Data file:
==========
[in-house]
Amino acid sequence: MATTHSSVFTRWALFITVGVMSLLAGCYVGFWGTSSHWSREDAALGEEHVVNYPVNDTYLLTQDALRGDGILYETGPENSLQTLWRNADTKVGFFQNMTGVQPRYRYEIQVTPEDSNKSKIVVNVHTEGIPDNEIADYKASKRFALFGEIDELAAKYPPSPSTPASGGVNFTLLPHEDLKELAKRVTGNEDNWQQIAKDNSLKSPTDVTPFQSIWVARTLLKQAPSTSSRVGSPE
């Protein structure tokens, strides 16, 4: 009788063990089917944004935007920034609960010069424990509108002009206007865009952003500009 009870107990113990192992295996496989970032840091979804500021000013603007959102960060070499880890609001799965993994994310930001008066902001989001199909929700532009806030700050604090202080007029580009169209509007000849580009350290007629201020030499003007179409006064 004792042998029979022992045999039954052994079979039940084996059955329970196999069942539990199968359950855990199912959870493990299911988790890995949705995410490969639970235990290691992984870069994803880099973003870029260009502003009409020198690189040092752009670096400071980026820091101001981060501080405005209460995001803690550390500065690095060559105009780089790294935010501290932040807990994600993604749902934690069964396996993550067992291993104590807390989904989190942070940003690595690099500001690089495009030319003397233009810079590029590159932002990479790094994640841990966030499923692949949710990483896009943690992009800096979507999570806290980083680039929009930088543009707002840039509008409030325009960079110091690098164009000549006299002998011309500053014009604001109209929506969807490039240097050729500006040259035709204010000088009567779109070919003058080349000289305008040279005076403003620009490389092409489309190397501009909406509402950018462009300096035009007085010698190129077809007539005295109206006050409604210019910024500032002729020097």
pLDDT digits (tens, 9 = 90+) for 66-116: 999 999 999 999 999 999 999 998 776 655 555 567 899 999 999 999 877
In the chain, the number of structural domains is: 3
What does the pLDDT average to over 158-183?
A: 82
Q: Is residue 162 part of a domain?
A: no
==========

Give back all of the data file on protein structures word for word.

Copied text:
[in-house]
Amino acid sequence: MATTHSSVFTRWALFITVGVMSLLAGCYVGFWGTSSHWSREDAALGEEHVVNYPVNDTYLLTQDALRGDGILYETGPENSLQTLWRNADTKVGFFQNMTGVQPRYRYEIQVTPEDSNKSKIVVNVHTEGIPDNEIADYKASKRFALFGEIDELAAKYPPSPSTPASGGVNFTLLPHEDLKELAKRVTGNEDNWQQIAKDNSLKSPTDVTPFQSIWVARTLLKQAPSTSSRVGSPE
């Protein structure tokens, strides 16, 4: 009788063990089917944004935007920034609960010069424990509108002009206007865009952003500009 009870107990113990192992295996496989970032840091979804500021000013603007959102960060070499880890609001799965993994994310930001008066902001989001199909929700532009806030700050604090202080007029580009169209509007000849580009350290007629201020030499003007179409006064 004792042998029979022992045999039954052994079979039940084996059955329970196999069942539990199968359950855990199912959870493990299911988790890995949705995410490969639970235990290691992984870069994803880099973003870029260009502003009409020198690189040092752009670096400071980026820091101001981060501080405005209460995001803690550390500065690095060559105009780089790294935010501290932040807990994600993604749902934690069964396996993550067992291993104590807390989904989190942070940003690595690099500001690089495009030319003397233009810079590029590159932002990479790094994640841990966030499923692949949710990483896009943690992009800096979507999570806290980083680039929009930088543009707002840039509008409030325009960079110091690098164009000549006299002998011309500053014009604001109209929506969807490039240097050729500006040259035709204010000088009567779109070919003058080349000289305008040279005076403003620009490389092409489309190397501009909406509402950018462009300096035009007085010698190129077809007539005295109206006050409604210019910024500032002729020097």
pLDDT digits (tens, 9 = 90+) for 66-116: 999 999 999 999 999 999 999 998 776 655 555 567 899 999 999 999 877
In the chain, the number of structural domains is: 3
What does the pLDDT average to over 158-183?
A: 82
Q: Is residue 162 part of a domain?
A: no